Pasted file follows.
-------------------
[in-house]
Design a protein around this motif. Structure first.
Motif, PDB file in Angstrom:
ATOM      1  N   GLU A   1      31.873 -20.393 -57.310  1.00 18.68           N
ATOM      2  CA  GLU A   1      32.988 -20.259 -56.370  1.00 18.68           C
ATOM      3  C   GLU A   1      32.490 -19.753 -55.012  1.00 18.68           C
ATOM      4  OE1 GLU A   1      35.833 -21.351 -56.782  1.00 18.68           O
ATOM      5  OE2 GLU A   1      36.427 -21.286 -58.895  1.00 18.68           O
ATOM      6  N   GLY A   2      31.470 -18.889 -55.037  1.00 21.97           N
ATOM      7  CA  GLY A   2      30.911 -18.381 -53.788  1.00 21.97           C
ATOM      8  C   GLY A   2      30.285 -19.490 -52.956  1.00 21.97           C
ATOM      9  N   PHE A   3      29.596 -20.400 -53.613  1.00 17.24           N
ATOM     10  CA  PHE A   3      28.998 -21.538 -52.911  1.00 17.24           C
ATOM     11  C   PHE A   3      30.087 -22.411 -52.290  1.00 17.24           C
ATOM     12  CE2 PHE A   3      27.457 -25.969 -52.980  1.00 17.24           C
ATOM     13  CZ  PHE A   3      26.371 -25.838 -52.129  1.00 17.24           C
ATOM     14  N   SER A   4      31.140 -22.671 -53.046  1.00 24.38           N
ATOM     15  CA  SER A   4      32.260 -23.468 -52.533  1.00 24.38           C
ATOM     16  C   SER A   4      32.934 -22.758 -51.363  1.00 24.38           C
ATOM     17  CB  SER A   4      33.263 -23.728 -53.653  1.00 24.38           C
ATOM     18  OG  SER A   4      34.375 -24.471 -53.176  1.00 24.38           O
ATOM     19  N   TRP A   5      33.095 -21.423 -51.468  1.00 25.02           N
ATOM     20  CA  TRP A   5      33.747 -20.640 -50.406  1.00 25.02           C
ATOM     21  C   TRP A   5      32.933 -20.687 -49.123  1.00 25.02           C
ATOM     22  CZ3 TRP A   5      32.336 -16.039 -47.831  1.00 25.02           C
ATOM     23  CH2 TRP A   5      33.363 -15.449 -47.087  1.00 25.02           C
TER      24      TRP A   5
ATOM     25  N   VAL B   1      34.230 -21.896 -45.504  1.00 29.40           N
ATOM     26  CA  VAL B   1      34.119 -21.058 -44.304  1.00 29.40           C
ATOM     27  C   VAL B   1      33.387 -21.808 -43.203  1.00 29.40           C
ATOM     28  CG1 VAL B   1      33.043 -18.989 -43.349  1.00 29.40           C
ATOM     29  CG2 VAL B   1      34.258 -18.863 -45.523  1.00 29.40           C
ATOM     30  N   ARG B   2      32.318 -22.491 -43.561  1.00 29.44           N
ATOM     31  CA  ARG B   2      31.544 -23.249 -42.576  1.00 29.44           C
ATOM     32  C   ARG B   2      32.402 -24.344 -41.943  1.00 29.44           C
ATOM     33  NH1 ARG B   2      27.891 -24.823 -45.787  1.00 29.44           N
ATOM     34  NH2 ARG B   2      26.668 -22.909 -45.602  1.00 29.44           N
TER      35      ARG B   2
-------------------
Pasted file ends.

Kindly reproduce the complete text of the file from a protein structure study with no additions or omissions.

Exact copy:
[in-house]
Design a protein around this motif. Structure first.
Motif, PDB file in Angstrom:
ATOM      1  N   GLU A   1      31.873 -20.393 -57.310  1.00 18.68           N
ATOM      2  CA  GLU A   1      32.988 -20.259 -56.370  1.00 18.68           C
ATOM      3  C   GLU A   1      32.490 -19.753 -55.012  1.00 18.68           C
ATOM      4  OE1 GLU A   1      35.833 -21.351 -56.782  1.00 18.68           O
ATOM      5  OE2 GLU A   1      36.427 -21.286 -58.895  1.00 18.68           O
ATOM      6  N   GLY A   2      31.470 -18.889 -55.037  1.00 21.97           N
ATOM      7  CA  GLY A   2      30.911 -18.381 -53.788  1.00 21.97           C
ATOM      8  C   GLY A   2      30.285 -19.490 -52.956  1.00 21.97           C
ATOM      9  N   PHE A   3      29.596 -20.400 -53.613  1.00 17.24           N
ATOM     10  CA  PHE A   3      28.998 -21.538 -52.911  1.00 17.24           C
ATOM     11  C   PHE A   3      30.087 -22.411 -52.290  1.00 17.24           C
ATOM     12  CE2 PHE A   3      27.457 -25.969 -52.980  1.00 17.24           C
ATOM     13  CZ  PHE A   3      26.371 -25.838 -52.129  1.00 17.24           C
ATOM     14  N   SER A   4      31.140 -22.671 -53.046  1.00 24.38           N
ATOM     15  CA  SER A   4      32.260 -23.468 -52.533  1.00 24.38           C
ATOM     16  C   SER A   4      32.934 -22.758 -51.363  1.00 24.38           C
ATOM     17  CB  SER A   4      33.263 -23.728 -53.653  1.00 24.38           C
ATOM     18  OG  SER A   4      34.375 -24.471 -53.176  1.00 24.38           O
ATOM     19  N   TRP A   5      33.095 -21.423 -51.468  1.00 25.02           N
ATOM     20  CA  TRP A   5      33.747 -20.640 -50.406  1.00 25.02           C
ATOM     21  C   TRP A   5      32.933 -20.687 -49.123  1.00 25.02           C
ATOM     22  CZ3 TRP A   5      32.336 -16.039 -47.831  1.00 25.02           C
ATOM     23  CH2 TRP A   5      33.363 -15.449 -47.087  1.00 25.02           C
TER      24      TRP A   5
ATOM     25  N   VAL B   1      34.230 -21.896 -45.504  1.00 29.40           N
ATOM     26  CA  VAL B   1      34.119 -21.058 -44.304  1.00 29.40           C
ATOM     27  C   VAL B   1      33.387 -21.808 -43.203  1.00 29.40           C
ATOM     28  CG1 VAL B   1      33.043 -18.989 -43.349  1.00 29.40           C
ATOM     29  CG2 VAL B   1      34.258 -18.863 -45.523  1.00 29.40           C
ATOM     30  N   ARG B   2      32.318 -22.491 -43.561  1.00 29.44           N
ATOM     31  CA  ARG B   2      31.544 -23.249 -42.576  1.00 29.44           C
ATOM     32  C   ARG B   2      32.402 -24.344 -41.943  1.00 29.44           C
ATOM     33  NH1 ARG B   2      27.891 -24.823 -45.787  1.00 29.44           N
ATOM     34  NH2 ARG B   2      26.668 -22.909 -45.602  1.00 29.44           N
TER      35      ARG B   2